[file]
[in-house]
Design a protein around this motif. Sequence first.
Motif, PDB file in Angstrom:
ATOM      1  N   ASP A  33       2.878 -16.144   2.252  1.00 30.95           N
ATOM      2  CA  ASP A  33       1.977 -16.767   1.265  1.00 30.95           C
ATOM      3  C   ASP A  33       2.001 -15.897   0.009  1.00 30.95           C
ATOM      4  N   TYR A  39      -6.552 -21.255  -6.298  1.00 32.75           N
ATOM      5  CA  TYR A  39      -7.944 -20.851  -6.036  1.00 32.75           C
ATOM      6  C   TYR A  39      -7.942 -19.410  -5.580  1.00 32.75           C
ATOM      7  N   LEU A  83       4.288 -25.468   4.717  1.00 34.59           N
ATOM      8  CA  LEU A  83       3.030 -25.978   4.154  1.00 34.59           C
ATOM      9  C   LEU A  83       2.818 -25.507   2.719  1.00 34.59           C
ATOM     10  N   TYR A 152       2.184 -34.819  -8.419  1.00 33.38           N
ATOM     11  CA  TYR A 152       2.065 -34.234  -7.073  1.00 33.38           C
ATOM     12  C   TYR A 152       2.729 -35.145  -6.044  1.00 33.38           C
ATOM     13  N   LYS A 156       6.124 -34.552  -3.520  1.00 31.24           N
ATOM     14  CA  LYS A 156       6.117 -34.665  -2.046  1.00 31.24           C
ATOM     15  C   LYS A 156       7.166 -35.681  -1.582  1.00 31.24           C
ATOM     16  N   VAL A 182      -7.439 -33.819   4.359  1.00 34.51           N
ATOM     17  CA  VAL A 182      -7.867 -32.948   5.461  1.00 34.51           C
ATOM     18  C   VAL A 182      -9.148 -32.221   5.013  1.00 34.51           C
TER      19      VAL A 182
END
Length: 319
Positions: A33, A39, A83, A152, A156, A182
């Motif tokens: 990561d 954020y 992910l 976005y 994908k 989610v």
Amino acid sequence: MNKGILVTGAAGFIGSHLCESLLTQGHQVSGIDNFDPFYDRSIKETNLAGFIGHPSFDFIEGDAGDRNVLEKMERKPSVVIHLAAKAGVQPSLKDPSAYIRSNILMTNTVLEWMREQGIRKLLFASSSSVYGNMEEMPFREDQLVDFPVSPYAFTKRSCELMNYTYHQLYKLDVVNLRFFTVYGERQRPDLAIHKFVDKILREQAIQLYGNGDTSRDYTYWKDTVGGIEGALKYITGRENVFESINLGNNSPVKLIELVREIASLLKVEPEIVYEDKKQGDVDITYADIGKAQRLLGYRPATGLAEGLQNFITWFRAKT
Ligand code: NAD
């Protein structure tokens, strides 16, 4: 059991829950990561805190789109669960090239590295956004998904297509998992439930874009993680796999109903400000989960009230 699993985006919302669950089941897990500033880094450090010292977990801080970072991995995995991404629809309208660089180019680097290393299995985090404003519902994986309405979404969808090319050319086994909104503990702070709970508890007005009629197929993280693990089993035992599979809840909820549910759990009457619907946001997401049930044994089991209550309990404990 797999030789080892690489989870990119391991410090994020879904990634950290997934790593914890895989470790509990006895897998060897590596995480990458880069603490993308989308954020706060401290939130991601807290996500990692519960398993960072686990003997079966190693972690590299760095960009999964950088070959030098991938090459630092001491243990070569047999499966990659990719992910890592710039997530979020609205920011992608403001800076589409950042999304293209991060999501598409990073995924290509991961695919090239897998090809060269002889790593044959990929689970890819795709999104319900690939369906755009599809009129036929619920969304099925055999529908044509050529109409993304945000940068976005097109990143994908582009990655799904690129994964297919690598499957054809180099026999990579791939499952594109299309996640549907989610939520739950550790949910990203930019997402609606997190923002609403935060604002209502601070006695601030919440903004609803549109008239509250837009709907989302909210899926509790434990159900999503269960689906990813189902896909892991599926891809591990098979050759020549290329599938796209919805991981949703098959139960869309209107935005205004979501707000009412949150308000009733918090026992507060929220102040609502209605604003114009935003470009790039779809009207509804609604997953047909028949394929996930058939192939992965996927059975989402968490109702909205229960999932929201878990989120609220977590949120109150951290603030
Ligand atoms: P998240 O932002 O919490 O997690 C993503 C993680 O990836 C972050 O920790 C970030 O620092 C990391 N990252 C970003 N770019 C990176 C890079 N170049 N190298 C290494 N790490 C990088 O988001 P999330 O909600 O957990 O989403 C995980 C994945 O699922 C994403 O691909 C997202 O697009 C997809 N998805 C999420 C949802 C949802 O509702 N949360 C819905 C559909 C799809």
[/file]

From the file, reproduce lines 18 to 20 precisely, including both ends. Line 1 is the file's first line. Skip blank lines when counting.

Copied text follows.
ATOM     15  C   LYS A 156       7.166 -35.681  -1.582  1.00 31.24           C
ATOM     16  N   VAL A 182      -7.439 -33.819   4.359  1.00 34.51           N
ATOM     17  CA  VAL A 182      -7.867 -32.948   5.461  1.00 34.51           C